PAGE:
HomeInsightsZustand vs Redux: Which Is the Best Choice for Your React App?

Zustand vs Redux: Which Is the Best Choice for Your React App?




A state management solution is essential when developing a web application using React. Selecting the optimal state management library can significantly affect the application’s development process, scalability, and maintainability.

Zustand and Redux are two prominent and well-respected state management libraries. Still, they have distinct pros and cons and may be more suitable for different projects.

In this blog post, I’ll compare Zustand vs Redux to help you choose the perfect library for your project. We’ll discuss several aspects such as simplicity compared to complexity, performance versus ease of use, and flexibility compared to convention. We’ll also provide tips and best practices for working with either library in your React app.

By the time you finish reading, I hope you have a better knowledge of the differences between Zustand and Redux and be able to make a well-informed decision regarding which state management library is the ideal choice for your requirements.

What is Zustand?


Zustand is a state management library designed explicitly for React applications, providing a simple and lightweight manner to manage global state. It was created by the folks behind Jotai and React-spring, and is very straightforward to understand and use.

Zustand facilitates easy access and updates to the global store by leveraging React hooks in components. This feature makes getting started with Zustand a breeze, eliminating the need for props drilling or other methods of passing state between components.

To create a global store with Zustand, you can use the create function, which takes a reducer function as an argument. Similar to Redux, the reducer function determines how the state should be updated in response to actions. Here’s a code example of how to create a simple counter store with Zustand:

import create from 'zustand';

const useCounterStore = create((set) => ({
  count: 0,
  increment: () => set(state => ({ count: state.count + 1 })),
  decrement: () => set(state => ({ count: state.count - 1 }))

export default useCounterStore;

This store includes a count field and two action functions, increment and decrement, which can be used to update the count. To access the store and its actions from a component, you can use the useCounterStore hook like this:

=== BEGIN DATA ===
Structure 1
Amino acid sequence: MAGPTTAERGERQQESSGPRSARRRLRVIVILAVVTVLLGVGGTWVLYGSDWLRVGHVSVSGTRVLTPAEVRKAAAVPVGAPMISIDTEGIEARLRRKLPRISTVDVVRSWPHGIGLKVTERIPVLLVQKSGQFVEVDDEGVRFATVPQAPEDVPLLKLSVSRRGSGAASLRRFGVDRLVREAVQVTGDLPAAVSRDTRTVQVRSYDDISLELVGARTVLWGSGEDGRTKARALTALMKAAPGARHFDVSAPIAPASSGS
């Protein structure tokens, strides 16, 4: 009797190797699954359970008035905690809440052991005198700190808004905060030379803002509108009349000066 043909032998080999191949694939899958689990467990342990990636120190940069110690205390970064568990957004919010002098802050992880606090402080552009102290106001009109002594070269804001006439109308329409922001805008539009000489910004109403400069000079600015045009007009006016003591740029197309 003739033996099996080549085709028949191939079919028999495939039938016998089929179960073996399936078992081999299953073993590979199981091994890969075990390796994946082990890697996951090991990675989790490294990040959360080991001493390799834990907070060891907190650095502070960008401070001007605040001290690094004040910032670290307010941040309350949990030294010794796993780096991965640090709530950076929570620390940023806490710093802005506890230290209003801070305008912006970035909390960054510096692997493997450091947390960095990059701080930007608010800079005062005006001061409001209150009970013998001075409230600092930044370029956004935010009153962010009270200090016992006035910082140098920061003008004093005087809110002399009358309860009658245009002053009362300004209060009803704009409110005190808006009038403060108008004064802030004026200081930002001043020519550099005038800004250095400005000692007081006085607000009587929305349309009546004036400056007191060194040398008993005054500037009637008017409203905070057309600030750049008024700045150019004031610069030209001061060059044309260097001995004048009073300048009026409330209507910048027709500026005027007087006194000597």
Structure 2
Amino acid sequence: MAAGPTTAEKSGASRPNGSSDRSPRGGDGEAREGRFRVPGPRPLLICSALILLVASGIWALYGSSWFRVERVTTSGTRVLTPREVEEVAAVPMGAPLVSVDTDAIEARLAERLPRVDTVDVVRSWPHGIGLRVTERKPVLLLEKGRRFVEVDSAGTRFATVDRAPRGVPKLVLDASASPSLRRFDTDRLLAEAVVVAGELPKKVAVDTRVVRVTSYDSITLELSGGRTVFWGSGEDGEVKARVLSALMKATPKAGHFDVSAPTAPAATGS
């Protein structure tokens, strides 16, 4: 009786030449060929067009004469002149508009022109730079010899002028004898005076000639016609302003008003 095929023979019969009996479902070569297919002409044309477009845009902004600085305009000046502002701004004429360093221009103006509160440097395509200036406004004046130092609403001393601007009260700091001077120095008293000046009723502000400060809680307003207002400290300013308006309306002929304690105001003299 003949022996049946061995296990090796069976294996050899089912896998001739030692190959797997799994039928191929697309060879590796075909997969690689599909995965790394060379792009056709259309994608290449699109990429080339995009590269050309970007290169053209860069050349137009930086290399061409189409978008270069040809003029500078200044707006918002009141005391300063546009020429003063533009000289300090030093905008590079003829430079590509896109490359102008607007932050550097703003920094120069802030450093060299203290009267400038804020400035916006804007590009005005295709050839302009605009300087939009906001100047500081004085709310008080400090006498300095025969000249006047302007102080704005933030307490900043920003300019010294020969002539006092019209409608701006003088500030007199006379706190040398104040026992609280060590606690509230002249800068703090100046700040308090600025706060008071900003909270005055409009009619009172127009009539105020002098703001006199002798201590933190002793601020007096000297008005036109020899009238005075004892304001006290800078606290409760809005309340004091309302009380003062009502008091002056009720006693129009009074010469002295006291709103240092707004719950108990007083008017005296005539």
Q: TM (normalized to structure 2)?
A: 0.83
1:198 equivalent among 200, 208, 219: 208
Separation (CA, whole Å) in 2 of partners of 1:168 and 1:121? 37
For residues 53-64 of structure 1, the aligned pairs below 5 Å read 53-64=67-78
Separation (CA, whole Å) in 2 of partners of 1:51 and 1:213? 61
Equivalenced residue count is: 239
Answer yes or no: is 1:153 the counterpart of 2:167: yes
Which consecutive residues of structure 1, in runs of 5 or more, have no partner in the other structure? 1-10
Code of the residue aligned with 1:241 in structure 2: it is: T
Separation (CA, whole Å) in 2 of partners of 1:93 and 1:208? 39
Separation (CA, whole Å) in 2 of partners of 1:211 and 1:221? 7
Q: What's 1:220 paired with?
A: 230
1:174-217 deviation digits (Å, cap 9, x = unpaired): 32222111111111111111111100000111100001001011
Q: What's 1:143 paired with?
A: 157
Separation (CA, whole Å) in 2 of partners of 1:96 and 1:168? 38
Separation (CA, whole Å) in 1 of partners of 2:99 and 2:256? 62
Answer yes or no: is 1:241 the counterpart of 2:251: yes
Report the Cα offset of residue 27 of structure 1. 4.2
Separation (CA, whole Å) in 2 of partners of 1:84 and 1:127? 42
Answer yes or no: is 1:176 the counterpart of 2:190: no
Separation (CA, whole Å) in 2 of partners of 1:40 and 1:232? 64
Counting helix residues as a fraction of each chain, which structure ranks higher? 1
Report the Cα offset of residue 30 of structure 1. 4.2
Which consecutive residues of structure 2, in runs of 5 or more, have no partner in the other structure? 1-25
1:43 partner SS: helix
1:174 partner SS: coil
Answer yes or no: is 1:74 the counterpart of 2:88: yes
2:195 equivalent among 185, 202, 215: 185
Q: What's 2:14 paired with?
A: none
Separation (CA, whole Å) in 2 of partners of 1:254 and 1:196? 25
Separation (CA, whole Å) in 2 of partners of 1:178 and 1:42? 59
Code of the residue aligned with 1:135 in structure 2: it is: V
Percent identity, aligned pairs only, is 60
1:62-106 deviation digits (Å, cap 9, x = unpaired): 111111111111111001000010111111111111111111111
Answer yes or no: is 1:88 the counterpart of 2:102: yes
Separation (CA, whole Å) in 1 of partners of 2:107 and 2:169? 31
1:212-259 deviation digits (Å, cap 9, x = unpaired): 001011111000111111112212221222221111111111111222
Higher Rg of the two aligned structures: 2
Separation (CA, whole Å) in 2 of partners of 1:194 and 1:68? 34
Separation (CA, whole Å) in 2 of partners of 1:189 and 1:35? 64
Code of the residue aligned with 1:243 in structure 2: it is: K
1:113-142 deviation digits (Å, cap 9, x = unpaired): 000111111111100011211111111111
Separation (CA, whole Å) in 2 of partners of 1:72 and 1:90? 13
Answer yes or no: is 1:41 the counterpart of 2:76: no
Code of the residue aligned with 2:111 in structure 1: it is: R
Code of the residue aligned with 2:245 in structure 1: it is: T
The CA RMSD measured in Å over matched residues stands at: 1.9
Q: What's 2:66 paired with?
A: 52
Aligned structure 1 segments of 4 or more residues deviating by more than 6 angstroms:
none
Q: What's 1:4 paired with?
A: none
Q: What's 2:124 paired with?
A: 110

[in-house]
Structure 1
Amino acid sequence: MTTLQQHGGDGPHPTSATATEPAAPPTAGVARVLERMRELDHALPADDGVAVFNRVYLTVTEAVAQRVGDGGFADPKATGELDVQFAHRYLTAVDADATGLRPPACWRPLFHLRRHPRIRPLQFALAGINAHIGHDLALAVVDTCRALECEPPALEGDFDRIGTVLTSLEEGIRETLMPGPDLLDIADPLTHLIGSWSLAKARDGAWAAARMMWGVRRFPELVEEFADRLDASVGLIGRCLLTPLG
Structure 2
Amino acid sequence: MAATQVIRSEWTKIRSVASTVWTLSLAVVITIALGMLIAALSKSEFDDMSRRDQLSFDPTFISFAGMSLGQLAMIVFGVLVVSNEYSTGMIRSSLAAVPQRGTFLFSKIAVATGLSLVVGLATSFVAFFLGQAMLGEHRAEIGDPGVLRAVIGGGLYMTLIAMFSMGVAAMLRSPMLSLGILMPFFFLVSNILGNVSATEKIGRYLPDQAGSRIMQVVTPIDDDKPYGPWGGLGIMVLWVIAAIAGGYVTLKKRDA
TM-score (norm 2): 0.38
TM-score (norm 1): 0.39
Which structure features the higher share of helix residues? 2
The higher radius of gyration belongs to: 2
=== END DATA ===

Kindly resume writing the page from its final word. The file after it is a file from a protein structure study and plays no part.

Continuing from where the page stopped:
import useCounterStore from './counter-store';

function Counter() {
  const count = useCounterStore((state) => state.count)
  const increment = useCounterStore((state) => state.increment)
  const decrement = useCounterStore((state) => state.decrement)

  return (
      <button onClick={decrement}>-</button>
      <button onClick={increment}>+</button>

export default Counter;

In this example, the Counter component uses the useCounterStore hook to access the count and action functions from the global store. It renders a simple counter interface with buttons to increment and decrement the count.

Zustand is an ideal choice for those seeking simplicity in their applications. It requires minimal boilerplate code and configuration, making it easy to learn and use – especially with small or straightforward projects that don’t require complex features or flexibility.

Zustand offers a relatively low learning curve if you’re familiar with React hooks. Its official documentation is comprehensive and written in a way that is easy to understand. Moreover, plenty of tutorials and other resources are available online when you need extra help to get started with the library.

The community and ecosystem surrounding Zustand are also supportive. Zustand has a solid user base, so developers can quickly get help or advice when needed. The project is actively maintained and developed, with new releases and updates coming out regularly.

What is Redux?


Redux is a state management library for React inspired by the Flux architecture from Facebook. It was created by Dan Abramov and is widely used in the React community.

Redux maintains a single global store that holds the entire application state. This store is created using a reducer function, which determines how the state should be updated in response to actions. In Redux, actions are pure functions returning objects that describe an event that has occurred in the app, and the reducer function takes the current state as well as an action as arguments and returns a new state.

To create a Redux store, you can use the createStore function from the redux library, like this:

import { createStore } from 'redux';

const initialState = { count: 0 };

function reducer(state = initialState, action) {
  switch (action.type) {
    case 'INCREMENT':
      return { count: state.count + 1 };
    case 'DECREMENT':
      return { count: state.count - 1 };
      return state;

const store = createStore(reducer);

export default store;

This example creates a simple counter store with an initial state of { count: 0 } and a reducer function that handles two actions: INCREMENT and DECREMENT. The reducer function returns a new state object based on the action type, incrementing or decrementing the count as appropriate.

To access the store and dispatch actions from a React component, you can use the useSelector and useDispatch hooks from the react-redux library. These hooks allow you to retrieve the state from the store and dispatch actions to update the state. Here’s an equivalent example of how to use these hooks to implement the simple counter component using Redux:

import { useSelector, useDispatch } from 'react-redux';

function Counter() {
  const count = useSelector(state => state.count);
  const dispatch = useDispatch();

  function increment() {
    dispatch({ type: 'INCREMENT' });

  function decrement() {
    dispatch({ type: 'DECREMENT' });

  return (
      <button onClick={decrement}>-</button>
      <button onClick={increment}>+</button>

export default Counter;

In this example, the Counter component uses the useSelector hook to retrieve the count from the store and the useDispatch hook to dispatch INCREMENT and DECREMENT actions when the buttons are clicked.

Redux is a powerful choice for large-scale applications that demand an advanced state management system. It also has the advantage of being supported by a vibrant, active community with plenty of online resources and assistance.

Despite the benefits of Redux, it can be intricate to learn and use for those unfamiliar with Flux architecture or functional programming concepts. Furthermore, you must write more boilerplate code and configure your settings than other state management solutions such as Zustand. This drawback can make it less appealing for small or simple projects where you don’t need the advanced features that Redux provides.